As a nursing student during your clinical rotation, your nursing preceptor is your compass, guiding you towards professional excellence.

But how do you make a good impression and stand out from all the other students?

How to Impress Your Nursing Preceptor

Below I go through how you can impress your nursing school clinical preceptor.

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1. Make a Good First Impression

Creating a good first impression is pivotal. It’s not just about showing up on time, although punctuality is certainly important.

It’s also about your appearance and demeanor.

Dress professionally, and adhere to the dress code of your nursing program. Keep your attire neat, clean, and suitable for the healthcare environment.

On your first day, and every day after that, bring a positive attitude and an enthusiasm, that shows you’re ready and eager to learn.

2. Have a Positive Attitude

Nursing can be intense and, at times, overwhelming.

Nevertheless, a positive attitude will carry you far. Show your preceptor that you’re capable of handling pressure and can do so with a smile.

Be flexible and adaptable, ready to accommodate changing circumstances.

Display resilience in the face of adversity.

Your optimism and perseverance will not only help you excel in your rotation and inspire your colleagues and patients.

3. Show You’re Engaged

Being engaged doesn’t just mean being present physically. It requires mental and emotional presence as well.

Show that you’re truly invested in your role by participating actively in discussions, patient care, and learning opportunities.

Be observant and attentive to details, as these are critical in the nursing profession. Maintain eye contact during conversations and give feedback when appropriate.

4. Ask Questions

Questions are the catalysts of learning.

Don’t hold back from asking, thinking that your questions may sound silly.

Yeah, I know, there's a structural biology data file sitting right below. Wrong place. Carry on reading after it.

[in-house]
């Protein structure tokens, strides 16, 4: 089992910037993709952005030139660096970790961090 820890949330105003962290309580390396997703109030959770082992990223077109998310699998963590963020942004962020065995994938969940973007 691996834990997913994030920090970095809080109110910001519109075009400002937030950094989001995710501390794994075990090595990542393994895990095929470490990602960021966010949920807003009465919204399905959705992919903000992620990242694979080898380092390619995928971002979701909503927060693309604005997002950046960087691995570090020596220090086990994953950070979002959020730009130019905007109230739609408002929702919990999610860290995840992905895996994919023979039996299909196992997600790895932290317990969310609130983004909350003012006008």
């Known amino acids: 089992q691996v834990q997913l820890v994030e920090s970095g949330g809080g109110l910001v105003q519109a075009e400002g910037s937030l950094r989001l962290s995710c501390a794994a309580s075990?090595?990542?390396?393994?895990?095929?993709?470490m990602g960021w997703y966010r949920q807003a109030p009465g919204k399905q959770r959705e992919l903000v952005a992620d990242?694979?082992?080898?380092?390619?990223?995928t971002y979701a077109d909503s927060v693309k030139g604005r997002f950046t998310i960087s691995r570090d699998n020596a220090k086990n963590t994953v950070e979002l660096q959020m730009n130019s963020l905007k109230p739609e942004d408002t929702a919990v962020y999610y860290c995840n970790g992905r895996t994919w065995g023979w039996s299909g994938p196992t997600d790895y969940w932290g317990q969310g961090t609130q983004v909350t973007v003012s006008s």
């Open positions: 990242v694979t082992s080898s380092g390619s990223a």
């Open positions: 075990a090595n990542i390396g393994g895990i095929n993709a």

As long as they’re relevant to your practicum and contribute to your learning, they’re worth asking.

Intelligent and thoughtful questions indicate your enthusiasm to learn, your analytical thinking skills, and your commitment to providing the best patient care.

Remember, it’s better to ask now than to make mistakes later.

5. Demonstrating a Willingness to Learn

The field of nursing is a dynamic one, continually evolving and advancing. Hence, learning is an ongoing process, not a destination.

Show your preceptor that you’re open to absorbing new information, improving existing skills, and even unlearning outdated practices.

Apply the concepts you’ve learned in your nursing school in the real world.

Always be curious and eager to explore new learning opportunities, even if they’re outside your comfort zone.

6. Take Initiative

Proactivity is a desirable trait in a nurse. When you anticipate needs, take responsibility, and handle tasks independently, you prove your worth as a responsible nursing professional.

However, make sure your actions are within the scope of your role and the policies of your clinical site.

By taking the initiative, you’re demonstrating your ability to think ahead, be resourceful, and potentially lead – qualities that can greatly impress your preceptor.

7. Show a Commitment to Continuous Improvement

Excellence in nursing is not about being perfect; it’s about being committed to continuous improvement.